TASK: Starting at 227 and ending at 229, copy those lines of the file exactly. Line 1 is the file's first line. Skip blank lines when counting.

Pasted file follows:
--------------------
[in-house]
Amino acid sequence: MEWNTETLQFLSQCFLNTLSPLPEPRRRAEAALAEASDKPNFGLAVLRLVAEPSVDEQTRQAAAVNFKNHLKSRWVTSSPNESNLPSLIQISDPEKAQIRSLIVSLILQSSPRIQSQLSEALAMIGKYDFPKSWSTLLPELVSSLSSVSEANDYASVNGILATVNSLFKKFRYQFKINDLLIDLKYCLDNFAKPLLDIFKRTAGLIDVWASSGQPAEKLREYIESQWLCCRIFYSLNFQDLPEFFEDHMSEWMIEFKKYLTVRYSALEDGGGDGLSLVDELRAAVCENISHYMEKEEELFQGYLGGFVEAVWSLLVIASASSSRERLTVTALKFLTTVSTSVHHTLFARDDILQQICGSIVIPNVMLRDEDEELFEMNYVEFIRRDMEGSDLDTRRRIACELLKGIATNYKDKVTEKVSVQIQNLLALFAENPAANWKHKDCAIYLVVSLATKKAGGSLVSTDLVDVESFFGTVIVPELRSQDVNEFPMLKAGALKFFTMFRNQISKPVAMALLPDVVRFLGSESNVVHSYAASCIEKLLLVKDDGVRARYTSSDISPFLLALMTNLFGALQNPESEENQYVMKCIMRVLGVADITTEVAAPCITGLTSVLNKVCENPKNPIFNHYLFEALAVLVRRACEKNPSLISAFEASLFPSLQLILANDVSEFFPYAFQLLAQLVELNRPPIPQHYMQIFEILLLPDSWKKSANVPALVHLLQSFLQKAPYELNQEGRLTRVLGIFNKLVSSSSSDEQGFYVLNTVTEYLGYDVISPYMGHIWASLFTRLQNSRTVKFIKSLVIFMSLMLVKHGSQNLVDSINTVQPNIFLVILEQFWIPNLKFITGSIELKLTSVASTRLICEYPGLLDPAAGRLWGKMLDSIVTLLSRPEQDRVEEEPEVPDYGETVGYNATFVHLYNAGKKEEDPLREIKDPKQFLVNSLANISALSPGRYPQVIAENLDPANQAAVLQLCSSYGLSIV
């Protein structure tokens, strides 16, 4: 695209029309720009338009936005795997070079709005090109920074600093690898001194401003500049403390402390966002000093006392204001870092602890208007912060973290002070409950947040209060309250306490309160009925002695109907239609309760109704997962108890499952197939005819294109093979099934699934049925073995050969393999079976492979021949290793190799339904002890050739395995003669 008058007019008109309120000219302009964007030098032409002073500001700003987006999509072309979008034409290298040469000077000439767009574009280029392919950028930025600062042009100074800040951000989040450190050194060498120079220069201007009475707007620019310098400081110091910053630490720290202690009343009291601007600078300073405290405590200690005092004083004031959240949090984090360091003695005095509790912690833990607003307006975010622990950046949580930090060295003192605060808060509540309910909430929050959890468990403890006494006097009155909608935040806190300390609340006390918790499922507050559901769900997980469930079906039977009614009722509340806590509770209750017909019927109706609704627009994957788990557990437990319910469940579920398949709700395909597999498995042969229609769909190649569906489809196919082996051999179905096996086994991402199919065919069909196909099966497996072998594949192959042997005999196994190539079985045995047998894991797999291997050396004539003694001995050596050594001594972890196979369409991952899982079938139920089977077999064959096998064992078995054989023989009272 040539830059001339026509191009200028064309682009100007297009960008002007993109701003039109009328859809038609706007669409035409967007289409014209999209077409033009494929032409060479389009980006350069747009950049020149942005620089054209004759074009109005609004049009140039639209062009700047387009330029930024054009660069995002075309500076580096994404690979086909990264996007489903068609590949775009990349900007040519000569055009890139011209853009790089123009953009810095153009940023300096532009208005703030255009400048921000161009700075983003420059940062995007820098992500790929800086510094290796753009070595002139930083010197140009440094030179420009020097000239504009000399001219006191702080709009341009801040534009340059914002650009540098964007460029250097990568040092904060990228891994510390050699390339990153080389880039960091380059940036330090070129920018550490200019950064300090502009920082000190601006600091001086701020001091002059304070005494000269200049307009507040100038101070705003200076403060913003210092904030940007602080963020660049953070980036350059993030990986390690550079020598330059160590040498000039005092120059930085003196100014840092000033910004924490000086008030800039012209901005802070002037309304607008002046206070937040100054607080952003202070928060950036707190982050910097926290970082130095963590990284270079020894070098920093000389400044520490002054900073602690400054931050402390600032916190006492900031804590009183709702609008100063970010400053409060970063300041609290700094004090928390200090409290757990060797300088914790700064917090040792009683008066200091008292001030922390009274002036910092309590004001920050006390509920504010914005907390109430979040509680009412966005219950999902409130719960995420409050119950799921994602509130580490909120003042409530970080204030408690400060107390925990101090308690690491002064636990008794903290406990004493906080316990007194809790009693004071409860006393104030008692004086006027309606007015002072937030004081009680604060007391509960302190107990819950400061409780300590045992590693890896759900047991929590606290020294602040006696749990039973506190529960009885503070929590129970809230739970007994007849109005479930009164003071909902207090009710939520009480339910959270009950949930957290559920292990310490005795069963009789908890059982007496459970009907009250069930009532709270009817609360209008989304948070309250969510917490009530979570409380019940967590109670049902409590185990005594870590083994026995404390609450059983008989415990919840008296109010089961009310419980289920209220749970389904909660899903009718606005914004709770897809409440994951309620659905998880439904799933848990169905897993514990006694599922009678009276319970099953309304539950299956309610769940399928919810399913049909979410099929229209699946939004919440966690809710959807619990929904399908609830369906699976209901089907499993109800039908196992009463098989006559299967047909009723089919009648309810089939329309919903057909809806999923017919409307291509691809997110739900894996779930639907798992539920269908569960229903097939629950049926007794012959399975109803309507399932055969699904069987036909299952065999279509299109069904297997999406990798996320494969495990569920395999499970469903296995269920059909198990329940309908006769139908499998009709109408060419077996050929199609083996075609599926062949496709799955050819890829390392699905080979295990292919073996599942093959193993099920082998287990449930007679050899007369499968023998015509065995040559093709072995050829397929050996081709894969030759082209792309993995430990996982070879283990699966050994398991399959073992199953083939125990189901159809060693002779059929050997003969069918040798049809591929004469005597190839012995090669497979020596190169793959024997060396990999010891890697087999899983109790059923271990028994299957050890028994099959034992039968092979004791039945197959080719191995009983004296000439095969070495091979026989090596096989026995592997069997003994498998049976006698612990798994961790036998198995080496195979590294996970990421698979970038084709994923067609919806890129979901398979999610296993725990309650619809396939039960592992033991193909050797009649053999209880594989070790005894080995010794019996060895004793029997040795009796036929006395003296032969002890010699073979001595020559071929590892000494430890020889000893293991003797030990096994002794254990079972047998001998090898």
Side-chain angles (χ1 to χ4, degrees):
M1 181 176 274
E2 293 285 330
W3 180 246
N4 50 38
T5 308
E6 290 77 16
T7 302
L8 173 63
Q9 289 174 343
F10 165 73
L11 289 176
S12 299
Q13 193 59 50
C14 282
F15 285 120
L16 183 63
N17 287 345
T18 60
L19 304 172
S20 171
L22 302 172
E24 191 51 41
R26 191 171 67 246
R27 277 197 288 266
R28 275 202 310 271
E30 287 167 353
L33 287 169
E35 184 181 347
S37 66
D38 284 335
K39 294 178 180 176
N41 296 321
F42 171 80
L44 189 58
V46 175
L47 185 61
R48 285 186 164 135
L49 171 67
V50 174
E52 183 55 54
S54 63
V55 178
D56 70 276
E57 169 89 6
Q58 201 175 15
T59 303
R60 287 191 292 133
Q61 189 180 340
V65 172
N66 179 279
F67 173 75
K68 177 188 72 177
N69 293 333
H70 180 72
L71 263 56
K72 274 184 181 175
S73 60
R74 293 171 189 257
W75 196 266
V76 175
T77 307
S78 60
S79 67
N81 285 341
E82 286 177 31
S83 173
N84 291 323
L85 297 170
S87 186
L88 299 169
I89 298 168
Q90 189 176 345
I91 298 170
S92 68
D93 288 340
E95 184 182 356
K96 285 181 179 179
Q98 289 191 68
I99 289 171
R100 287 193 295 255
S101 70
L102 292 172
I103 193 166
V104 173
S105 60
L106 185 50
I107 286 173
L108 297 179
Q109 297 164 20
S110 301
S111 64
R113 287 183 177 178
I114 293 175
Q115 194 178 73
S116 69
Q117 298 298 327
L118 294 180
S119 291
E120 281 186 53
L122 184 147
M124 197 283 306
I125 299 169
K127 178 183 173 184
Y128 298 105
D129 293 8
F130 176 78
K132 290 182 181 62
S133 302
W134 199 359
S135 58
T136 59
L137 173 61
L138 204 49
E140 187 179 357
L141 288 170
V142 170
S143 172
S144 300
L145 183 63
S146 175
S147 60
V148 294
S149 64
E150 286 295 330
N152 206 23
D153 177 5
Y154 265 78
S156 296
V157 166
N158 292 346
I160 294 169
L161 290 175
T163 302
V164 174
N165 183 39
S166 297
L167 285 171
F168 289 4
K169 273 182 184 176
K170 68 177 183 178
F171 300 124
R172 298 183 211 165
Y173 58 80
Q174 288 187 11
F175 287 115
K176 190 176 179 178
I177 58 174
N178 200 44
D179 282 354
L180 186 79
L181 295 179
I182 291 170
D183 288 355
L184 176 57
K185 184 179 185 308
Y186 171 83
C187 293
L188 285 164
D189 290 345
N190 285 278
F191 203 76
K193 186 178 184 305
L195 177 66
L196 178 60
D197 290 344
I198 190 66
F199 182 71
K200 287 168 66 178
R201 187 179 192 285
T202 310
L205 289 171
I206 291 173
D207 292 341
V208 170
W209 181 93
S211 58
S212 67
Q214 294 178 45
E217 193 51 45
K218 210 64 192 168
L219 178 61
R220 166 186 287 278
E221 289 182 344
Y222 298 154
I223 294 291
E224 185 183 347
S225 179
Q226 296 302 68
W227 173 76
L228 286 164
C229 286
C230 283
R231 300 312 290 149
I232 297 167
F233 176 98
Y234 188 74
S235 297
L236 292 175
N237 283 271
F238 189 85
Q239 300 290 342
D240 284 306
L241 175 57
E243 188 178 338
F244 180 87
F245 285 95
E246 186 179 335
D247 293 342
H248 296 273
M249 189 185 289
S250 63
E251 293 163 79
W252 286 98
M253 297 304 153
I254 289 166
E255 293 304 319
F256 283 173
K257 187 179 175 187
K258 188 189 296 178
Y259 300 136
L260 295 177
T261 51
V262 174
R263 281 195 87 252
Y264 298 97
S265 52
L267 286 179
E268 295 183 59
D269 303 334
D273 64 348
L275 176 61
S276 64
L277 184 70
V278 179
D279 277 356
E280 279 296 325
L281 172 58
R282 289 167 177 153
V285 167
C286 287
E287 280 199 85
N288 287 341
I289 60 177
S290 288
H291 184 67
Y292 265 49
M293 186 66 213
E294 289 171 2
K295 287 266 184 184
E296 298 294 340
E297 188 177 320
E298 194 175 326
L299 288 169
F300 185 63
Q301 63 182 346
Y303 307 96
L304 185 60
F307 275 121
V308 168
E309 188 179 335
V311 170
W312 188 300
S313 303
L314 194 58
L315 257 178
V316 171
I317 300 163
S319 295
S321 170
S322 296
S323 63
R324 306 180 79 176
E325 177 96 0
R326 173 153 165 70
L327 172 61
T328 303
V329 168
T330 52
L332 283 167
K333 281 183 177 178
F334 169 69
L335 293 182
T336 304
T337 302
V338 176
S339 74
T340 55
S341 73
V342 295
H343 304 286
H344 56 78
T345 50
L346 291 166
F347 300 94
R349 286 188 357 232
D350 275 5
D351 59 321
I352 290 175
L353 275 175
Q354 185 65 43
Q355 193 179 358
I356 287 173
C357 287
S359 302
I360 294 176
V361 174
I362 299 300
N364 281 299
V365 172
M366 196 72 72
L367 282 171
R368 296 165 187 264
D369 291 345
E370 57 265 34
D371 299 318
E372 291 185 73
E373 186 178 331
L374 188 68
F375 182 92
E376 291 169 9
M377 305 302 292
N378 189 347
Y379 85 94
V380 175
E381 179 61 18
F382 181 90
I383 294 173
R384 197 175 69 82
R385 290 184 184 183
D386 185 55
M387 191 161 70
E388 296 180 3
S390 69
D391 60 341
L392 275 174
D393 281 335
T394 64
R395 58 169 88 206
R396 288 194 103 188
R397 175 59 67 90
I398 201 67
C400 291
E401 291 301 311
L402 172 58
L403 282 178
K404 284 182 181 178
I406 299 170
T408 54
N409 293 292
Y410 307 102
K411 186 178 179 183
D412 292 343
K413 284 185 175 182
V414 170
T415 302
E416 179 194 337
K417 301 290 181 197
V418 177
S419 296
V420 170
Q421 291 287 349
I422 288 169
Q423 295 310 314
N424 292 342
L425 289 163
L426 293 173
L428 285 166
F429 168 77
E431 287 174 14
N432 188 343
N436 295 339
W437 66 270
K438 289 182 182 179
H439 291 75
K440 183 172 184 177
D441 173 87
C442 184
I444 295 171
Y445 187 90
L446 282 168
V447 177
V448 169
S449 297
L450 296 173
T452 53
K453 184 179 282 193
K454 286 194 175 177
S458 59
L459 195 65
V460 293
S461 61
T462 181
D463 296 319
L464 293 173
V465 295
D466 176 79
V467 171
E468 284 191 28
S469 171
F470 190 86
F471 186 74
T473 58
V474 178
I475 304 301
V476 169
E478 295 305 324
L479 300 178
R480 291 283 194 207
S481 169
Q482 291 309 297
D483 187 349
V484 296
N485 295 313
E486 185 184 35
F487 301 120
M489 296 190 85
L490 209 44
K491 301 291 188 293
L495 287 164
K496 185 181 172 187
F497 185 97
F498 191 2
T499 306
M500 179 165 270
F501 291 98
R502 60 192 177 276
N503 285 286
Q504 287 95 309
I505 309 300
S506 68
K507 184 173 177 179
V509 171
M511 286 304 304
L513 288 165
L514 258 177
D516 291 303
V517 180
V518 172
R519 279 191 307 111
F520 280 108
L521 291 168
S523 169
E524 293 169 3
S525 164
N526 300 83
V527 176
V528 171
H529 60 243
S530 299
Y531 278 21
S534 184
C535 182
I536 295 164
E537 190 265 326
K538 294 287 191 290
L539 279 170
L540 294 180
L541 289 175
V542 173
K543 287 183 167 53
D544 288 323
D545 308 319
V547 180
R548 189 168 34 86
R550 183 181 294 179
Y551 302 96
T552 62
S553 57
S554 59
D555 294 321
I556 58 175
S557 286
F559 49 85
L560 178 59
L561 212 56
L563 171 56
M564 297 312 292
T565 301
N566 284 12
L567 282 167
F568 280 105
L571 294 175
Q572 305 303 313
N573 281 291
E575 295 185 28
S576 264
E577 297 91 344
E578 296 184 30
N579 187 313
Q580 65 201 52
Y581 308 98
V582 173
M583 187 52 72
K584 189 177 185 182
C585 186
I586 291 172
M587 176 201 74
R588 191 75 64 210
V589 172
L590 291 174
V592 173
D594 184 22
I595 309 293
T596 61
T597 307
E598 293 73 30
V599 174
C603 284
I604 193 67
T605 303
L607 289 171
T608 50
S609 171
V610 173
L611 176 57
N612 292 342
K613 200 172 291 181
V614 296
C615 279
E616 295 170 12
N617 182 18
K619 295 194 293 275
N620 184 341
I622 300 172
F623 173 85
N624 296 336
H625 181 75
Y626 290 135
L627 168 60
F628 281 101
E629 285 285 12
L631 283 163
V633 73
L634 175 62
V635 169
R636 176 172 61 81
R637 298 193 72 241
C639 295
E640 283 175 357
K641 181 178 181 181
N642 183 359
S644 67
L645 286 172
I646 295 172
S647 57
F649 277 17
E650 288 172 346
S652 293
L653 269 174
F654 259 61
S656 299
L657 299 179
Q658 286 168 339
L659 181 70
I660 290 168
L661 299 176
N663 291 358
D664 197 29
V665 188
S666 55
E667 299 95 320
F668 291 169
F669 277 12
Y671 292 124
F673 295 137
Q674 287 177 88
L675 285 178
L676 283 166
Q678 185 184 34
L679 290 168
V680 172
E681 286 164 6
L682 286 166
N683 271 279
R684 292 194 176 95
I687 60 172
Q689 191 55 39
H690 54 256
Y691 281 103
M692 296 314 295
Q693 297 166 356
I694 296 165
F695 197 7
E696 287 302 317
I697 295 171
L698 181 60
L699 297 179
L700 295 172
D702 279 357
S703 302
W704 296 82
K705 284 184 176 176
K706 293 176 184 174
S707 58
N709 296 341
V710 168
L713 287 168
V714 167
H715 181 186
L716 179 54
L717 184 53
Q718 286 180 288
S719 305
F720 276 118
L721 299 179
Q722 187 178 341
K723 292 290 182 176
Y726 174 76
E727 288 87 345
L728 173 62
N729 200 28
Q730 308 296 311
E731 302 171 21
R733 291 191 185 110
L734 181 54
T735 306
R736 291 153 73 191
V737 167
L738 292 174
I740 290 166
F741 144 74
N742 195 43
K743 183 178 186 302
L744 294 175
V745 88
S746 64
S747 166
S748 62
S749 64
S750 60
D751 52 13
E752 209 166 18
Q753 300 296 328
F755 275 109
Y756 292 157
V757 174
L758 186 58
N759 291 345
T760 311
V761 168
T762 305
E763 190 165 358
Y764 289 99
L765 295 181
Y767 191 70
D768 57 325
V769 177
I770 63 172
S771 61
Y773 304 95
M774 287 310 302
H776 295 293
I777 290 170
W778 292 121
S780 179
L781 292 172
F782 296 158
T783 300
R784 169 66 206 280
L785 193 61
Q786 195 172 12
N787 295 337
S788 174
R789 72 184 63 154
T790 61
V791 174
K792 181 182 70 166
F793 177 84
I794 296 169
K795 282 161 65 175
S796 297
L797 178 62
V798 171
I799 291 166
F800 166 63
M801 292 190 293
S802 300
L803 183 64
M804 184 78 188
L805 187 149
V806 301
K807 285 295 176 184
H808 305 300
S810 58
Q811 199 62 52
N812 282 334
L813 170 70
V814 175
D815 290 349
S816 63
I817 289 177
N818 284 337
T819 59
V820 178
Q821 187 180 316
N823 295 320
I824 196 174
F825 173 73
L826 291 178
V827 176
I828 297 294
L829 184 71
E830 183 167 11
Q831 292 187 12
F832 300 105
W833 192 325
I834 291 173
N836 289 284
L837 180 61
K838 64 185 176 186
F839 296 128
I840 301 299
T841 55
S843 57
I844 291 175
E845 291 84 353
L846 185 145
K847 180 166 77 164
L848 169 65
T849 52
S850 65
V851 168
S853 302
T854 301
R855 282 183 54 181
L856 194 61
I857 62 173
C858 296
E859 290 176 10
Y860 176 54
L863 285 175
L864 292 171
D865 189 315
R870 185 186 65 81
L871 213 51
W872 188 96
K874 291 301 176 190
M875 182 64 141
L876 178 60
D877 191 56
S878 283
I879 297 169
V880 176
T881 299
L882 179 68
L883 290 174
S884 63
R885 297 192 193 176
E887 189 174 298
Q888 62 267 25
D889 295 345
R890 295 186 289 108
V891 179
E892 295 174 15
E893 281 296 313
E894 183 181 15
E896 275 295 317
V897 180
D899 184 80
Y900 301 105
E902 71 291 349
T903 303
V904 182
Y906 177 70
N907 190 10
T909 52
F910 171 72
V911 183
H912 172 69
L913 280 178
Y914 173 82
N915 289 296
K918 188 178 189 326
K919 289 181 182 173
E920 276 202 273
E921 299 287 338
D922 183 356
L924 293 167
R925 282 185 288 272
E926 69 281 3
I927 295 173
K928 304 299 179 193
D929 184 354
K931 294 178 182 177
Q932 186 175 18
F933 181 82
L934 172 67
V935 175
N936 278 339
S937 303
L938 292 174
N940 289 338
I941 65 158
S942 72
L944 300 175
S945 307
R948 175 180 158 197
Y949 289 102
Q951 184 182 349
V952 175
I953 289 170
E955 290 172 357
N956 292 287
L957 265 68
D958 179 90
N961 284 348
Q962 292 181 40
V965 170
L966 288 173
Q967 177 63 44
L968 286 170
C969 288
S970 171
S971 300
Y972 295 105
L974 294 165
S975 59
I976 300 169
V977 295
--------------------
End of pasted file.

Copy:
V262 174
R263 281 195 87 252
Y264 298 97